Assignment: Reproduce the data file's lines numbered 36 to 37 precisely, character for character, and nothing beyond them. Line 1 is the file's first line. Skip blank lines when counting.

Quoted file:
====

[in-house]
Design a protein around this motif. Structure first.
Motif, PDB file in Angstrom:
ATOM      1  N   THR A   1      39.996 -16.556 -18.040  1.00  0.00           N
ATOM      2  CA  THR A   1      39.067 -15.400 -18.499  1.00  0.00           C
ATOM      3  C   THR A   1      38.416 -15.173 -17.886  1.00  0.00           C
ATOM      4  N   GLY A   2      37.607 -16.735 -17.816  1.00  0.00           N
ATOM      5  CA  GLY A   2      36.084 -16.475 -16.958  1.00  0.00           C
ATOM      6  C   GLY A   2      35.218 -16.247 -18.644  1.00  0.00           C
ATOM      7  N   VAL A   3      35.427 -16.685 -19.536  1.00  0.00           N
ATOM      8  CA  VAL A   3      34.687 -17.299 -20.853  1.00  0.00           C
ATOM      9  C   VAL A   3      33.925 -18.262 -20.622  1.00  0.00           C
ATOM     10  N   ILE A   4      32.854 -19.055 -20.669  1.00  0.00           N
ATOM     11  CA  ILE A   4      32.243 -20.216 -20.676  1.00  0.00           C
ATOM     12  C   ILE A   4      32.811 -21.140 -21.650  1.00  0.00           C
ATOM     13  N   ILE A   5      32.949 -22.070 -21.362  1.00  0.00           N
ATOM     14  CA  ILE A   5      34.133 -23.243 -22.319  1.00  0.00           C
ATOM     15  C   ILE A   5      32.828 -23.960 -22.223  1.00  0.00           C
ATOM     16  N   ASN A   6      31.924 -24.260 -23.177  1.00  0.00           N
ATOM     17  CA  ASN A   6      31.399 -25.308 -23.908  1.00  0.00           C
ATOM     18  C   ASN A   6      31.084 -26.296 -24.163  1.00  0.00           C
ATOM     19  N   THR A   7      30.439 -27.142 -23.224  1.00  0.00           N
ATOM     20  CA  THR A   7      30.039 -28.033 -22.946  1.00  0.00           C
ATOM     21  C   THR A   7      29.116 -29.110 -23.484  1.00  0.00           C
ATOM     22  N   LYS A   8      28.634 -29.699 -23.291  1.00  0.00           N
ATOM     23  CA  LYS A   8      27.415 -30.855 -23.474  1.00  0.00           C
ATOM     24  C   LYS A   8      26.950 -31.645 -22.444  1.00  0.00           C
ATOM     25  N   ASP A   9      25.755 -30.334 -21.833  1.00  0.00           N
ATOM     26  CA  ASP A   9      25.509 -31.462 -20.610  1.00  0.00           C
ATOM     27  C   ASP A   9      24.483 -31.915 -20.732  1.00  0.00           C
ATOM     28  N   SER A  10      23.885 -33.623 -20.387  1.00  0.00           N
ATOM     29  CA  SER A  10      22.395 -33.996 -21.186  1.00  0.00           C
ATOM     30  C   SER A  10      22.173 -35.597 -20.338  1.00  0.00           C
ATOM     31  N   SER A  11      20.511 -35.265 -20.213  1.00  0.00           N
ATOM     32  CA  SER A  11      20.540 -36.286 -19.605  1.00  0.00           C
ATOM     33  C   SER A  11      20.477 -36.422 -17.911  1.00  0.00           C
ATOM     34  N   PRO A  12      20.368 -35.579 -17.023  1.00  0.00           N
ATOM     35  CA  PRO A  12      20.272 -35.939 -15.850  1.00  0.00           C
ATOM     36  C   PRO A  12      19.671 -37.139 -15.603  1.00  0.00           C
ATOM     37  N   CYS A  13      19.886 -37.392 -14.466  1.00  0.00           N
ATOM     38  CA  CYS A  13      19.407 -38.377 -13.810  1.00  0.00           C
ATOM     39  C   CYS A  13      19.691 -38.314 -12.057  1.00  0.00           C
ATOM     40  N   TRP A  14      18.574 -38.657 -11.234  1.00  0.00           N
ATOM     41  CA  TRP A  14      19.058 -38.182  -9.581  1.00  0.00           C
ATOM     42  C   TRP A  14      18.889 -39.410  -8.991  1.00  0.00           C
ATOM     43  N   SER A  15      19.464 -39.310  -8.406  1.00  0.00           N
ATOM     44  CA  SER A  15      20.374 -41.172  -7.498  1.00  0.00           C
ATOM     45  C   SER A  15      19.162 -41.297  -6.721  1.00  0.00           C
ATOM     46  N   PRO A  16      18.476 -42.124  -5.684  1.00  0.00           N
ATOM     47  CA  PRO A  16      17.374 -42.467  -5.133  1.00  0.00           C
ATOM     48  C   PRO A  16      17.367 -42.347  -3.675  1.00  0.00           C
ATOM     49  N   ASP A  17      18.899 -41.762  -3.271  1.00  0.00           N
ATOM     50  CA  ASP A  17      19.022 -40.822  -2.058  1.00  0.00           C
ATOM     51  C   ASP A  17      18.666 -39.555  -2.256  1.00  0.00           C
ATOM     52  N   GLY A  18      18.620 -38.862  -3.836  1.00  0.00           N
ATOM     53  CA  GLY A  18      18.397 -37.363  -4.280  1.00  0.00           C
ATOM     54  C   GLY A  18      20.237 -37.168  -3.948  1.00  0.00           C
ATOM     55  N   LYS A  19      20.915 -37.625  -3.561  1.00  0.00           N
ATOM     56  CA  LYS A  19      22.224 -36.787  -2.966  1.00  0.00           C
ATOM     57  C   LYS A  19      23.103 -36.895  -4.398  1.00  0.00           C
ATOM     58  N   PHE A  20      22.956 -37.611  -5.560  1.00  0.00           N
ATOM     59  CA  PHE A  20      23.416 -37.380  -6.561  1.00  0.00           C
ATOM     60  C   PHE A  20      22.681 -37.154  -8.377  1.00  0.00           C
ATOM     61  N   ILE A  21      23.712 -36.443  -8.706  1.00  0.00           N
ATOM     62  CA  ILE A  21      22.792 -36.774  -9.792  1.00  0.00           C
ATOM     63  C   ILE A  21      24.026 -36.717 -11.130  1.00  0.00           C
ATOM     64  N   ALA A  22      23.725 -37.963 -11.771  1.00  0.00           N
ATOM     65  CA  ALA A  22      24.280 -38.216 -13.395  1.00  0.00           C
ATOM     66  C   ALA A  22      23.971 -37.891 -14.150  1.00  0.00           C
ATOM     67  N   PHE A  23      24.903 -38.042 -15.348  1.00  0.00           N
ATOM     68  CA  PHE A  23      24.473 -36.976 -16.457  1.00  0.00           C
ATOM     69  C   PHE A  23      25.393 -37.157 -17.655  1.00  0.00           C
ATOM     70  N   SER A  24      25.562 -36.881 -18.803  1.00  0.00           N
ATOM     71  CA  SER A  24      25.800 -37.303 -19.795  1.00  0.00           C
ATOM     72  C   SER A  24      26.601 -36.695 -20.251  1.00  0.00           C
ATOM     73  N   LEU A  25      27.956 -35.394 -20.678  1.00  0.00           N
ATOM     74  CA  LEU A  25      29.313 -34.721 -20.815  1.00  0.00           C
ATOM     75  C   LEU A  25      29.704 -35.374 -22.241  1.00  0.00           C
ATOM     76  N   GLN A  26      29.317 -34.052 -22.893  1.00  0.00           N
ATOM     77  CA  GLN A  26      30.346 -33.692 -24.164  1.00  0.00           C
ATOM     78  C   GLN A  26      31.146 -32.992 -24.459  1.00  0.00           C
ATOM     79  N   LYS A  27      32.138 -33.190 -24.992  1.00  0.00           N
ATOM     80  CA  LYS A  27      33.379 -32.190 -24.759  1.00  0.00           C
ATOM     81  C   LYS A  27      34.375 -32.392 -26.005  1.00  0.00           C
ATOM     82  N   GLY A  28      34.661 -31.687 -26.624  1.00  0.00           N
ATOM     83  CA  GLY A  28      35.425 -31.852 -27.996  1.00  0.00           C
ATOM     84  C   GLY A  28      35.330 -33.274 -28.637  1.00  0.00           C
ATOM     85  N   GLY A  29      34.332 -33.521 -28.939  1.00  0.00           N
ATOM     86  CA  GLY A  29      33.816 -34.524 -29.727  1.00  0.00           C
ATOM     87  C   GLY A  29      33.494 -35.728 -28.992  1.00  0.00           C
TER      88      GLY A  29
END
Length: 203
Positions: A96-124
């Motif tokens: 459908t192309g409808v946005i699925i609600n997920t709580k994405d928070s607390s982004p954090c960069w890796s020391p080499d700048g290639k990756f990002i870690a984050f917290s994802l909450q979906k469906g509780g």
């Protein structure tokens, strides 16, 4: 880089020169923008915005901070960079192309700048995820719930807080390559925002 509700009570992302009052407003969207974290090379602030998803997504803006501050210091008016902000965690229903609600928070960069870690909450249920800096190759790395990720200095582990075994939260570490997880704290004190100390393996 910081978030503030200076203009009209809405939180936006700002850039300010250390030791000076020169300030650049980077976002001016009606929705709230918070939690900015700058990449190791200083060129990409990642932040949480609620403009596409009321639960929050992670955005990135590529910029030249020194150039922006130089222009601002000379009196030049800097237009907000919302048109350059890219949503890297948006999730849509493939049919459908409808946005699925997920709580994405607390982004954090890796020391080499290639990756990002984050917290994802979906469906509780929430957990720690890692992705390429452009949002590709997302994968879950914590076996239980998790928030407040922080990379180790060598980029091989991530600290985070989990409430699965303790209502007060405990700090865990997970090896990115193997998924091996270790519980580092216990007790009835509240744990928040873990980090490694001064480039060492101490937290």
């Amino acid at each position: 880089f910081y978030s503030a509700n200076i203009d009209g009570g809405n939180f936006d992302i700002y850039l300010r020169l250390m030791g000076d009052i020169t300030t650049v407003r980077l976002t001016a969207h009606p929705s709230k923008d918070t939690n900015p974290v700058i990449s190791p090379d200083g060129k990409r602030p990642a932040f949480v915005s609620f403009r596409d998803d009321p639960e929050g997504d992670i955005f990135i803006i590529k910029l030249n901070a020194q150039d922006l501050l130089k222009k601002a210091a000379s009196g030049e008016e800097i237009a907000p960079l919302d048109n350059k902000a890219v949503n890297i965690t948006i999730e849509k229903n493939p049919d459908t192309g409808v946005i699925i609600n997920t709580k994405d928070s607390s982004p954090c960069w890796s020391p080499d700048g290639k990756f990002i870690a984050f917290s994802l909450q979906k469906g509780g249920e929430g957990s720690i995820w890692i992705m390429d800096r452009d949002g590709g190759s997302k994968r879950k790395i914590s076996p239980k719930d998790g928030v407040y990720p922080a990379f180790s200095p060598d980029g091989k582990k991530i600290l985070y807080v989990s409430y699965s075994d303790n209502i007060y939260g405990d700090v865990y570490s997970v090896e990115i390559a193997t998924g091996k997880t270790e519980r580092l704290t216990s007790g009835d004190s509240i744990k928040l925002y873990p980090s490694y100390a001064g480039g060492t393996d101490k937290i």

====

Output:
ATOM     33  C   SER A  11      20.477 -36.422 -17.911  1.00  0.00           C
ATOM     34  N   PRO A  12      20.368 -35.579 -17.023  1.00  0.00           N